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Our Wonderful Volunteers

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At the Tauranga Heritage Collection nothing signals Christmas is coming more than our wonderful team of volunteers going on their well-deserved summer break. Every week our dedicated volunteers tackle a mountain of work that contributes towards the preservation of our city’s heritage. From research and cataloguing to sewing and proof-reading our volunteers have skills and experience we couldn’t do without. Indeed, we really can’t thank them enough for everything they do.

I asked one of our volunteers to look back on her highlights for the year:

"As we arrive at another end of year, it’s time to reflect on what has been accomplished in 2019 regarding my volunteering with the Tauranga Heritage Collection. One of the high points has been bringing in several dresses from the 1960s and 1970s worn by a local woman who had such fashion sense and style. These were catalogued and the donor wrote personal stories about why she loved them so much and where she had worn them.  During Fashion Week in August some of the dresses were displayed with their stories in the Tauranga Central Library window.

“Another interesting task was listening to oral history recordings (now digitised) and briefly noting the topics relevant to Tauranga. Most of those interviewed had lived all their lives in Tauranga during the 20th century.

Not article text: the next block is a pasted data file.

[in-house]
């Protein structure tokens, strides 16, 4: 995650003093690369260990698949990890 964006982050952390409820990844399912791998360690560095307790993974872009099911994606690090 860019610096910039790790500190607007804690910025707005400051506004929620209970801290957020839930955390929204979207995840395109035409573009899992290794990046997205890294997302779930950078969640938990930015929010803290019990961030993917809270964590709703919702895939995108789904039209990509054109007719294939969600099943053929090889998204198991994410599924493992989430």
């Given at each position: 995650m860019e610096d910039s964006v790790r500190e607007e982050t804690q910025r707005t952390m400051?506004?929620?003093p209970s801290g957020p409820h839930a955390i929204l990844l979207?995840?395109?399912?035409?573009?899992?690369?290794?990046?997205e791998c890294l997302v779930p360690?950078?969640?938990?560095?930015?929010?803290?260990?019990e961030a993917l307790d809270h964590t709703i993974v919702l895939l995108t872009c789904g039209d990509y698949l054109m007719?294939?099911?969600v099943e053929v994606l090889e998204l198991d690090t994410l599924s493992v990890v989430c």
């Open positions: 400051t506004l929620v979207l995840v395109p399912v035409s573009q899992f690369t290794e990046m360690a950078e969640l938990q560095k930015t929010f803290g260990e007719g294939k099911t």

“An enjoyable task, which took us a lot longer than expected, was sorting through records from a farm in Te Puke. We unwrapped accounts bundled into their years, and our first task was removing all the staples and pins as they rust and contaminate the item. Next we sorted them into bundles of similarity and stored them into folders having labelled the outside of the folder. Having grown up on a dairy farm I remember seeing a 1940s invoice where a tractor cost £600 and thinking how that investment would have saved paying a labourer’s wages.

“I get a great deal of satisfaction from working with the collection, helping to make sure it is relevant to Tauranga’s history and getting it ready for researchers and curators to tell our stories.”